16. I was thinking about you yesterday as I was reading the new book on nessie by Malcolm Robinson. At the beginning of the book it doubts Nessie could be an amphibian because at one stage the Loch had seawater and no amphibians live in salty water. I think this is false information myself as nobody knows exactly when the Loch was connected to the sea and even if it ever was. I had a quick search on the internet this morning and found a salamander that does tolerate salty water and its the taylor salamander as you probably know. I wonder if there are others past or present that could live in saltwater as im sure amphibians of ancient past must have lived in the sea at some time or other. I have seen a few documentries on nessie that say it cant be an anphibian but i think too much is being made of this and the fact loch ness was once saltwater.
    On another note a quick update on my nessie hunting just to say it has been very quiet apart from a couple of strange washes and shadows. On a brighter note I have spoken to a couple of people who believe they have seen nessie this year and one last year. The hunt goes on. NH

    1. So good to hear from you NH! Although some might find it odd we're conversing through the comments thread of a two year old post! For anyone else peeking in here, I had some health issues last year (all cleared up now), I also got remarried in the last year, and my small business (which pays no few of my bills) has been fortuitously booming. So while I have in no way lost interest in the subject of Nessie, and follow all the posts and news online, this poor blog, my research, and my unfinished articles have gathered dust while I've been swamped with more urgent things. Not sure when that can change, but change it will!

      Haven't read Robinson yet, but he'd be correct to point out no >modern< amphibians live in salt water. But many ancient species did, and were successful at it for a very, very long time. Google Trematosauridae or look them up on Wikipedia. The were really large, and had living relatives at least through to the early Cretaceous. If a relict population was still at large as recently as Loch Ness formed, they could have entered during one of the Loch's few brackish periods.

      But Loch Ness has mainly been fresh water from its beginning, with few if any brackish periods, so we don't really need to postulate a marine amphibian, there are fresh water candidates to consider. I think it's in Adrian Shine's book where the geology of the Loch is best explained. It has mainly if not exclusively been a conduit of fresh water to the sea, not the opposite, and contrary to older thinking it may never have been a saltwater environment. True there are many marine fossils in the area, but these actually predate the formation of the Loch itself, which is geologically quite recent.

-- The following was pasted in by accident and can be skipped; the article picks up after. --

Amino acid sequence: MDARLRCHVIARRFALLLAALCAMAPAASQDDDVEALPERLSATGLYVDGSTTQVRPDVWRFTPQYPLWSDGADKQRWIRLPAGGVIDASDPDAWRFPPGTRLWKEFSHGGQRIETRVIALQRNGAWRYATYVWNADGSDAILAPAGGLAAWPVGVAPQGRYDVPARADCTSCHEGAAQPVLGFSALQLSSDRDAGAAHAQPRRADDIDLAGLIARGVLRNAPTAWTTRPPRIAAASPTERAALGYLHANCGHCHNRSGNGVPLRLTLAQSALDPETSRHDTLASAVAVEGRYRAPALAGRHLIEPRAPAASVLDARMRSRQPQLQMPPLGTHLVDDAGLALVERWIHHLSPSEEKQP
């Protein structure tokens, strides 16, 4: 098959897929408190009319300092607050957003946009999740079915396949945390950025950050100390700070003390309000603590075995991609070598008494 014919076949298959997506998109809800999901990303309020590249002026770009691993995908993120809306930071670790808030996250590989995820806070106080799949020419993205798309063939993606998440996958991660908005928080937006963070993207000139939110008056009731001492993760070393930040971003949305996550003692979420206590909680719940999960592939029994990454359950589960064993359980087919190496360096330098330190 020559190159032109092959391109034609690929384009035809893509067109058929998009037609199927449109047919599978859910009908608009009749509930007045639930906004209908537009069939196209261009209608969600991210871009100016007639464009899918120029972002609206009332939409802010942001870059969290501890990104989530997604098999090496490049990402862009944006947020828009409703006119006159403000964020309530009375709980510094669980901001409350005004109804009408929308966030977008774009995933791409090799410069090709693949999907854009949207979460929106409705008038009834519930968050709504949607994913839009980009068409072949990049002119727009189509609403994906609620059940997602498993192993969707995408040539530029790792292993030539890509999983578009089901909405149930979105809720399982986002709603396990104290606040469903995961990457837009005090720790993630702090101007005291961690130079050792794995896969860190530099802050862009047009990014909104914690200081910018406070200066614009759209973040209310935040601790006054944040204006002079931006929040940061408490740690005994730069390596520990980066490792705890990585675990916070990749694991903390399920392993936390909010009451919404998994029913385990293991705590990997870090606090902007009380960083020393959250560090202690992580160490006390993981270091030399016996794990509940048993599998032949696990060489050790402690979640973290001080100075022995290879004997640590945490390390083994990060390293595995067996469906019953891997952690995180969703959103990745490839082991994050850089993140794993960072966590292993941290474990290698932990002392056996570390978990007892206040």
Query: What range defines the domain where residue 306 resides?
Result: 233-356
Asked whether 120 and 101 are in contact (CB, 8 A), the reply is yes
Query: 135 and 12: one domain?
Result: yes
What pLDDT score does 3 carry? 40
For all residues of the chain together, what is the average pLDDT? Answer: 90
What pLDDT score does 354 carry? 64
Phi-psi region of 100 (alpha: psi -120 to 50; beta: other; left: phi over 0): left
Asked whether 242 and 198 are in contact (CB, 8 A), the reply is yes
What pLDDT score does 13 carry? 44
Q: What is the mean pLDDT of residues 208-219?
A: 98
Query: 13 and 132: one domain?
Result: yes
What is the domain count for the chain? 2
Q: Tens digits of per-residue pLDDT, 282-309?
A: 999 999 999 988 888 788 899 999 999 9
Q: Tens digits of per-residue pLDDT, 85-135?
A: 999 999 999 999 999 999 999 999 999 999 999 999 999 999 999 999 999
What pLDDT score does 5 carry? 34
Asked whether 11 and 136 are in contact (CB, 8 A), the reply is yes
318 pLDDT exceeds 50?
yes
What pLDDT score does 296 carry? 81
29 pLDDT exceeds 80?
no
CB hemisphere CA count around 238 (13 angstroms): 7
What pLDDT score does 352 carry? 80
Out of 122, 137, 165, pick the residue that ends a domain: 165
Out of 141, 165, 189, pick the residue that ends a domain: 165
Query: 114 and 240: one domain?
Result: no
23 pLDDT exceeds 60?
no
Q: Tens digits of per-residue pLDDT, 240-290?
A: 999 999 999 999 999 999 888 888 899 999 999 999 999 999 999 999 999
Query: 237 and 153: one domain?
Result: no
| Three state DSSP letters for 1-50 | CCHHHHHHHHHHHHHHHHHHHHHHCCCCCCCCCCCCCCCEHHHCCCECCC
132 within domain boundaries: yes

Do enjoy the hunting! Were the people you spoke to locals? I have a certain mistrust of the tourists who think they've seen something on their first visits, but I've heard reliable locals have had some recent sightings that cannot be easily explained away.

    2. Looks like I was a bit late finding this blog the same as I was with Roland's,but im glad I did as they are both fascinating and very enjoyable. The geology of the loch is not my strongest point but when I look at the pattern of the great glen and see one side ( loch linnhe) open to the sea then I think the other end (ness) must have been the same at one point but eventually closed off from the sea, hence the huge masses of arctic char in loch ness. Going on to the people I have spoke to who have had recent sightings yes they are all locals and one who lives overlooking the loch. It is also worth noting the amount of people I speak to who believe in nessie even though they have not had a sighting themselves but hearing sighting stories off reliable friends and family.I was even suprised one day when i spoke to a builder from manchester who looked a right tough cookie who now lives near the loch and believes in nessie because of what older fishermen friends have told him what they have seen, and he pointed out that they were honest blokes and some ex forces.
      I hope you get back to writing in here Steve as I find your posts very fascinating.You certainly know your stuff, good luck. NH

  17. Hello there Steve.Very intersting stuff you write here.I see you favour a tail for the neck sightings so that tells me you believe that people have seen the neck ( or tail) sightings. Im just wondering is it just possible that we could have a type of thick bodied amphibian so the head region looks like a neck? or maybe we may even have this type of amphibian yet to be discovered, im quite sure we have only discovered a small % of past creatures. What is your opinion?
    Im Gezza by the way, pleased to meet you Sir.

    1. Hello and welcome Gezza!

      "is it just possible that we could have a type of thick bodied amphibian so the head region looks like a neck?"

      Thick-bodied, certainly. I don't believe many people subscribe to the "sea serpent" body plan, artistic renditions and tourist post cards to the contrary. And the largest known (recognized) aquatic salamanders are extremely thick bodied (usually broad and flat) in proportion to their lengths.

      In my proposed morphology there's very little differentiation between the (large) head and the actual neck, which I'd put at only about 2 feet long. In two hump sightings, the top of the (actual) head is probably the smaller hump, with the shorter conjoining neck just below the waterline and so often invisible. People EXPECT to see a long serpentine neck, so that's what they "see" on those (fairly rare) occasions when the actual tail is visible. There's usually no recognizable head reportedly visible in those types of sightings, which I would call the first clues we'd had the whole thing backwards for all these years. When people have reported they are sure they saw the head, although that's rare, they most often report a very large one. I suspect these are the people that were actually correct!

  18. Thanks. Well i was thinking more on the lines of lets say a newt.If a large newt had a thickened body then it could possible look like a head and neck. Only a thought.